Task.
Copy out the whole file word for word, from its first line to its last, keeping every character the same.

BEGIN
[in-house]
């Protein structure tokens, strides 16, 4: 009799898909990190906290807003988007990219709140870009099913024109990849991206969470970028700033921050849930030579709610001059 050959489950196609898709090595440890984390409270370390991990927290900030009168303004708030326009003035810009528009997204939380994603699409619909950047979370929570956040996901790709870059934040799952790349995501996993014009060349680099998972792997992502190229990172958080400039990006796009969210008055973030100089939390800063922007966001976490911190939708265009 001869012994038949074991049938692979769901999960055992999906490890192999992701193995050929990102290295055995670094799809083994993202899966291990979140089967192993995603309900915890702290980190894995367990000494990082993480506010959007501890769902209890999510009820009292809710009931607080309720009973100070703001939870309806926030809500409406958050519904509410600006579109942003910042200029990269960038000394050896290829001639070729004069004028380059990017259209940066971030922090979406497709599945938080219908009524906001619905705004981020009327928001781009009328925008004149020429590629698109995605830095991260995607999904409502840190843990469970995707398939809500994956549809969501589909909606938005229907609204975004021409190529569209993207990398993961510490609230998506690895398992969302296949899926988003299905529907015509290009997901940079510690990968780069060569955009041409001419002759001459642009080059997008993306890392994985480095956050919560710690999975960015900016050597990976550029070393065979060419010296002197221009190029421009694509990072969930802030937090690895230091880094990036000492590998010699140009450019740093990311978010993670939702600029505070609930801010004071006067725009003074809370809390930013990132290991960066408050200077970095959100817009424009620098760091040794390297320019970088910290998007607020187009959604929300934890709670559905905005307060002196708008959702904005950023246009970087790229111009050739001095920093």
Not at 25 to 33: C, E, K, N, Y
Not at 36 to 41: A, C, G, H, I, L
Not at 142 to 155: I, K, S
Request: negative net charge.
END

[in-house]
């Protein structure tokens, strides 16, 4: 009799898909990190906290807003988007990219709140870009099913024109990849991206969470970028700033921050849930030579709610001059 050959489950196609898709090595440890984390409270370390991990927290900030009168303004708030326009003035810009528009997204939380994603699409619909950047979370929570956040996901790709870059934040799952790349995501996993014009060349680099998972792997992502190229990172958080400039990006796009969210008055973030100089939390800063922007966001976490911190939708265009 001869012994038949074991049938692979769901999960055992999906490890192999992701193995050929990102290295055995670094799809083994993202899966291990979140089967192993995603309900915890702290980190894995367990000494990082993480506010959007501890769902209890999510009820009292809710009931607080309720009973100070703001939870309806926030809500409406958050519904509410600006579109942003910042200029990269960038000394050896290829001639070729004069004028380059990017259209940066971030922090979406497709599945938080219908009524906001619905705004981020009327928001781009009328925008004149020429590629698109995605830095991260995607999904409502840190843990469970995707398939809500994956549809969501589909909606938005229907609204975004021409190529569209993207990398993961510490609230998506690895398992969302296949899926988003299905529907015509290009997901940079510690990968780069060569955009041409001419002759001459642009080059997008993306890392994985480095956050919560710690999975960015900016050597990976550029070393065979060419010296002197221009190029421009694509990072969930802030937090690895230091880094990036000492590998010699140009450019740093990311978010993670939702600029505070609930801010004071006067725009003074809370809390930013990132290991960066408050200077970095959100817009424009620098760091040794390297320019970088910290998007607020187009959604929300934890709670559905905005307060002196708008959702904005950023246009970087790229111009050739001095920093």
Not at 25 to 33: C, E, K, N, Y
Not at 36 to 41: A, C, G, H, I, L
Not at 142 to 155: I, K, S
Request: negative net charge.